Commissioner seeks delay in South Sudan independence vote
KHARTOUM (Reuters) - South Sudan's referendum on independence must either be delayed or some arrangements will have to be skipped, as time is too short to hold the vote as required, a referendum commission member said on Saturday.
The January 9, 2011 vote is the climax of a 2005 peace deal which ended Africa's longest civil war fought on and off since 1955 between the mainly Muslim north and the south, which follows mostly traditional beliefs or Christianity.
Oil, ethnicity and ideology also fuelled the conflict.
Most analysts believe the south will vote to secede. Semi-autonomous south Sudan's ruling party, the Sudan People's Liberation Movement (SPLM), opposes any delay to the plebiscite.
The referendum commission was appointed at the end of June more than two years late with still no agreement on the key executive secretary-general position.
"The remaining time is not enough to hold the referendum," commission member Tarig Osman told Reuters.
He said the registration of voters should be completed and published three months before the plebiscite according to the referendum law, and that was impossible in the time left.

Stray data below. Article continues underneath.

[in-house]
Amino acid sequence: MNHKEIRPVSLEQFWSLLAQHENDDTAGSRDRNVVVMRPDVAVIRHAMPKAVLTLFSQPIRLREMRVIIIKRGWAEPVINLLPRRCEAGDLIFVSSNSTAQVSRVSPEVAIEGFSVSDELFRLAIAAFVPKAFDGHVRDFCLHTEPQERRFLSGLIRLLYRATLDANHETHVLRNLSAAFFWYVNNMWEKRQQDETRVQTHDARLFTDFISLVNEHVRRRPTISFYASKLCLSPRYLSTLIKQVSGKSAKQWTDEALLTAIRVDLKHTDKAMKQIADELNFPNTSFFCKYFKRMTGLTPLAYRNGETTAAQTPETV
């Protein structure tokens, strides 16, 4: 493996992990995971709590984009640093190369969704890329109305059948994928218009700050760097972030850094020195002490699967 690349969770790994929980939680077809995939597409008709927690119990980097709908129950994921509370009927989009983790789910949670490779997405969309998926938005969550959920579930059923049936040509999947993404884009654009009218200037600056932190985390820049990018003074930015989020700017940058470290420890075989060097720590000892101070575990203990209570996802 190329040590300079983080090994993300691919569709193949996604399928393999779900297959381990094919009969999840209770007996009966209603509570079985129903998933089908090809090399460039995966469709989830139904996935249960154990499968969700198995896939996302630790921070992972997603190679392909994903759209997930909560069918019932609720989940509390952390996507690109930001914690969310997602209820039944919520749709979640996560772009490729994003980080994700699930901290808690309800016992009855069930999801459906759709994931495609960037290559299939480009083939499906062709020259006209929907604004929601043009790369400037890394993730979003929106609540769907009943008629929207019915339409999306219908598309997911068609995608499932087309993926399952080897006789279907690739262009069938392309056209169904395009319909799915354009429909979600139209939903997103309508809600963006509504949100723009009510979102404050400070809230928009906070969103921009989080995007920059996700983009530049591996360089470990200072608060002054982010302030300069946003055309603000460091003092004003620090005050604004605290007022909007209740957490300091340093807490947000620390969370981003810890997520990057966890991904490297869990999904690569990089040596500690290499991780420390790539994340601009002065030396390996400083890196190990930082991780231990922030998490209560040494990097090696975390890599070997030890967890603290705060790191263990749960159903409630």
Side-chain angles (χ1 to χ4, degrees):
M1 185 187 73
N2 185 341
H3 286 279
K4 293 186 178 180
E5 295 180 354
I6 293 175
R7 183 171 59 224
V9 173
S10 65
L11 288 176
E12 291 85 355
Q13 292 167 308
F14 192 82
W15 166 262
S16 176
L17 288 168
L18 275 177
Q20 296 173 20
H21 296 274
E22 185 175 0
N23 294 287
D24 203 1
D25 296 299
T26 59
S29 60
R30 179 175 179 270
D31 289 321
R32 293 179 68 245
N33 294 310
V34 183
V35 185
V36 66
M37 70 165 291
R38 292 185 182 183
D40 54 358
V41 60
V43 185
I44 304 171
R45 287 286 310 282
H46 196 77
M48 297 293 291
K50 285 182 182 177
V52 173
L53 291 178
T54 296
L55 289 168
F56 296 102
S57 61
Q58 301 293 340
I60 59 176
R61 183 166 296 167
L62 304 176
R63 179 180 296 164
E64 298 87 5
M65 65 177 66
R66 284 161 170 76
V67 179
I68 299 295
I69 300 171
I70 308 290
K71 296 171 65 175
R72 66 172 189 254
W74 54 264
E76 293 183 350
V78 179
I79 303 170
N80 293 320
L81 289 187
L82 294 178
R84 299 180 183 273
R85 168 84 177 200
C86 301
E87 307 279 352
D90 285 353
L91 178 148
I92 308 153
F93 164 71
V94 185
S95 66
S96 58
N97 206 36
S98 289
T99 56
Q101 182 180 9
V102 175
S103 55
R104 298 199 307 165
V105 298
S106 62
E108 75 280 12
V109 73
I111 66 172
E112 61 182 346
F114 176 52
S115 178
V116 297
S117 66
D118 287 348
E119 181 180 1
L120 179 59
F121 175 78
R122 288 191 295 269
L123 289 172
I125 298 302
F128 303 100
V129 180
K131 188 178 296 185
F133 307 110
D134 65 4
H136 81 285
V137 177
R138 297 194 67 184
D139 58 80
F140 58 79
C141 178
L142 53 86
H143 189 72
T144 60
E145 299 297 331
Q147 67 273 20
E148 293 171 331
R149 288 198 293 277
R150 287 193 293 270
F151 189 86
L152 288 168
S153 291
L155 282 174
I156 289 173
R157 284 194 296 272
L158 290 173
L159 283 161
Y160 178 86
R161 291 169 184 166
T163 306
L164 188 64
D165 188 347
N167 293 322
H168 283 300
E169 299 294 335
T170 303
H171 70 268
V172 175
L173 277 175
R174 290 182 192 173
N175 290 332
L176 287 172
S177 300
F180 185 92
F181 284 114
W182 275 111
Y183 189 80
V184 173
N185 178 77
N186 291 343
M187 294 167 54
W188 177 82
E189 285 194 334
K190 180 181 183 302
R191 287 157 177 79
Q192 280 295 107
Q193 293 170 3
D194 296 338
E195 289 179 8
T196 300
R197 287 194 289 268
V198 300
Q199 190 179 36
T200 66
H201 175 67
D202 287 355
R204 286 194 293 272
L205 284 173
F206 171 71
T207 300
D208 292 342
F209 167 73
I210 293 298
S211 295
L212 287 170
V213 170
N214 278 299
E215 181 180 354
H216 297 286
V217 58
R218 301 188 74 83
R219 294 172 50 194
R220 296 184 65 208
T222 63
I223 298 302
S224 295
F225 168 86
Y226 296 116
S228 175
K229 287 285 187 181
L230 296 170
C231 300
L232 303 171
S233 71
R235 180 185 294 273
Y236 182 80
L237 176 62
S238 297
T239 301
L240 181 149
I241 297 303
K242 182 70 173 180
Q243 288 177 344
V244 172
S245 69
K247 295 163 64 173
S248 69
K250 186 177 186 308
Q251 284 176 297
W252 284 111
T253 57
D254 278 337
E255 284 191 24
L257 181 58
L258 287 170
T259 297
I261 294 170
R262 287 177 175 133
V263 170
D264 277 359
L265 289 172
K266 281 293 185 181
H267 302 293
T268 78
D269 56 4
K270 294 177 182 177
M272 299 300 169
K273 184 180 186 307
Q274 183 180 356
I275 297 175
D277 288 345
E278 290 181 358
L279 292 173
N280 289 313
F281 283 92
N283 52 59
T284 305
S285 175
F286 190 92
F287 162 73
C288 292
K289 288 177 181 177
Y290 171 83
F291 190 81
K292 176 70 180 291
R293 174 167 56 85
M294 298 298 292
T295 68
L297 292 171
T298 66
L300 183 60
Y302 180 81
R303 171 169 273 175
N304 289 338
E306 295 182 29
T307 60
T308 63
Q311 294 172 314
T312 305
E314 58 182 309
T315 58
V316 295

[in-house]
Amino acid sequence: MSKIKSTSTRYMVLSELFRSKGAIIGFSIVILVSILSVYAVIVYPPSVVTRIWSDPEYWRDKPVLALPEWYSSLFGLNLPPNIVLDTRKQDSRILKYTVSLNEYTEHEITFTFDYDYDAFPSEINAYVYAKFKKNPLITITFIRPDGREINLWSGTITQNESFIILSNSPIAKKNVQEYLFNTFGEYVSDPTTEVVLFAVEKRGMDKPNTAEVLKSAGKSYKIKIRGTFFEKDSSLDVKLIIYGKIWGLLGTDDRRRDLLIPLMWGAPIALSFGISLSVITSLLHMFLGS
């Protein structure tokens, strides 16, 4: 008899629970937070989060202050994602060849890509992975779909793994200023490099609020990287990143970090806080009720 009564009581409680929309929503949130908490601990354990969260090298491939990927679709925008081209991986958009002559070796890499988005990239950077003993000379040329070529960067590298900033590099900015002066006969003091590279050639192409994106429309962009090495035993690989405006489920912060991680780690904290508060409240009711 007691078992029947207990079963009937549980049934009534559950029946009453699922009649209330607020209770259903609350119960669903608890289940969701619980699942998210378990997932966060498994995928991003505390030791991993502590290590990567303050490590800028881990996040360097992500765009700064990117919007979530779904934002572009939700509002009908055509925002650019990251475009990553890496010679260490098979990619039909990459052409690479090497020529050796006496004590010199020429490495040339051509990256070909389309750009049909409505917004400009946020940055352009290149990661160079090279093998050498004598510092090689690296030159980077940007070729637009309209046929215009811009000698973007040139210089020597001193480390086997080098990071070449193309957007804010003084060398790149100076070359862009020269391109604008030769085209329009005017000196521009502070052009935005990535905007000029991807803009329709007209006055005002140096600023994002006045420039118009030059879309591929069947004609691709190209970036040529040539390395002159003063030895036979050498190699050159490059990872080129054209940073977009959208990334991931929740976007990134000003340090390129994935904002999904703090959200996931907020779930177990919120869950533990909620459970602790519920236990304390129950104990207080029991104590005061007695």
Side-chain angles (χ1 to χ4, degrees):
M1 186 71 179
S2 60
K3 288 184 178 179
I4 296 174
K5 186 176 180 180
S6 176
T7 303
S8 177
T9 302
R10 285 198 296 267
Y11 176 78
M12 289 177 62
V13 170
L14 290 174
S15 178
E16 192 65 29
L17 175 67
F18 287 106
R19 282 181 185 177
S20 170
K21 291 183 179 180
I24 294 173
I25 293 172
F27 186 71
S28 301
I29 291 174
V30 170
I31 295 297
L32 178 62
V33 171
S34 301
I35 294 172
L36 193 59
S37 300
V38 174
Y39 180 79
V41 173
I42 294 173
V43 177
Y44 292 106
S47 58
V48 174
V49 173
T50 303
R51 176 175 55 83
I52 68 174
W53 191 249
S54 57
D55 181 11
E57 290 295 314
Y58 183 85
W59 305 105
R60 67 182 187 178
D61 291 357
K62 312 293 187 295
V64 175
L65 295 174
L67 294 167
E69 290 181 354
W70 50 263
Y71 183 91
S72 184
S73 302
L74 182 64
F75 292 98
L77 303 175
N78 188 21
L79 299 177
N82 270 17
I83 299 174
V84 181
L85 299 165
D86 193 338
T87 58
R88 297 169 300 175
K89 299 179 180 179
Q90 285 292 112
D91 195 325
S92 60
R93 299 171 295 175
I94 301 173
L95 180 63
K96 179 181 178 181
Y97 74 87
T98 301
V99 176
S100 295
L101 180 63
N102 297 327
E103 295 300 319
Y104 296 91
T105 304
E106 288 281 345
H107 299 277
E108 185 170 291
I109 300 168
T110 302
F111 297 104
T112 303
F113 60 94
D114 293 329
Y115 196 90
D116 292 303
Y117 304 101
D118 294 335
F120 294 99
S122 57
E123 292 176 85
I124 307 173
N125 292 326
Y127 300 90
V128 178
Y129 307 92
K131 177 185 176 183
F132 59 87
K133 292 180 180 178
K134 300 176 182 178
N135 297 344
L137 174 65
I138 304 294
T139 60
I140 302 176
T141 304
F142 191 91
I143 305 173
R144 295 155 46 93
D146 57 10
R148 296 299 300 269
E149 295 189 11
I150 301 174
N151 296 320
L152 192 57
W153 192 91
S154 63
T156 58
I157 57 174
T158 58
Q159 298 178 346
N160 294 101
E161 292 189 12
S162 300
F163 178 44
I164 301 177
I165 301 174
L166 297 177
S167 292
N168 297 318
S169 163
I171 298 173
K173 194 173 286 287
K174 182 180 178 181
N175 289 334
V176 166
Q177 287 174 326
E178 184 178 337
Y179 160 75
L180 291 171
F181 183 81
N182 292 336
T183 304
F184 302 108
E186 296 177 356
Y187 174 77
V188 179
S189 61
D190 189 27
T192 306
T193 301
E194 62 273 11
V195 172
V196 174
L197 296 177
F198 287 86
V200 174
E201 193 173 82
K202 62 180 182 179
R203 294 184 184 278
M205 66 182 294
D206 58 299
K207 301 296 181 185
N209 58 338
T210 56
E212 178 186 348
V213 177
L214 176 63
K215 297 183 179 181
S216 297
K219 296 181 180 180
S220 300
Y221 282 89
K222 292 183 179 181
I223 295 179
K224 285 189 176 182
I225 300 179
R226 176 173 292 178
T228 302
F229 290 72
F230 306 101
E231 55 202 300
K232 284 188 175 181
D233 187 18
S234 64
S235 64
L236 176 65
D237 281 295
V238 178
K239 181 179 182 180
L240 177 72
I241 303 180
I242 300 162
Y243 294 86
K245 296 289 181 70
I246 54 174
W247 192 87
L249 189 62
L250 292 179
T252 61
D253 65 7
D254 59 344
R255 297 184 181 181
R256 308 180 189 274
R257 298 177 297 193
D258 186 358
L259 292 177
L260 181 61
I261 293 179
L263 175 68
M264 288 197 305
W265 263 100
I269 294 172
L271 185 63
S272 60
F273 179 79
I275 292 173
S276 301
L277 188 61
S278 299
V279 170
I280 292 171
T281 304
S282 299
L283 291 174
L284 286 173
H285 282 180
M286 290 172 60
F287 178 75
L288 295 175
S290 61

"We have only two choices -- skip some of the procedures, which would be unacceptable because it could affect the endorsement of the referendum," Osman said. "The other choice is a limited delay to the referendum timetable to complete the procedures."
The delay would last no longer than six months, he added.
The northern National Congress Party (NCP) and the SPLM have stalled over agreeing post-referendum arrangements including demarcating the border, defining citizenship and sharing Sudan's oil wealth, mostly located along the disputed border.
The NCP says the border must be decided ahead of the vote whereas the SPLM rejects any conditions to the plebiscite, accusing the NCP of deliberate delays to derail it.
Many fear delays or obscurity surrounding the plebiscite could reignite Sudan's civil war, which claimed an estimated 2 million lives, mostly by hunger and disease, and destabilised the east African region.
The north-south partners have argued over every stage of implementing the 2005 deal, which was meant to ensure democratic transformation in a united Sudan with two different systems of rule for north and south.
After constant delays over implementing the deal and flawed April elections in both the north and south, SPLM officials have been making increasingly secessionist remarks.
(Writing by Opheera McDoom; Editing by Peter Graff)
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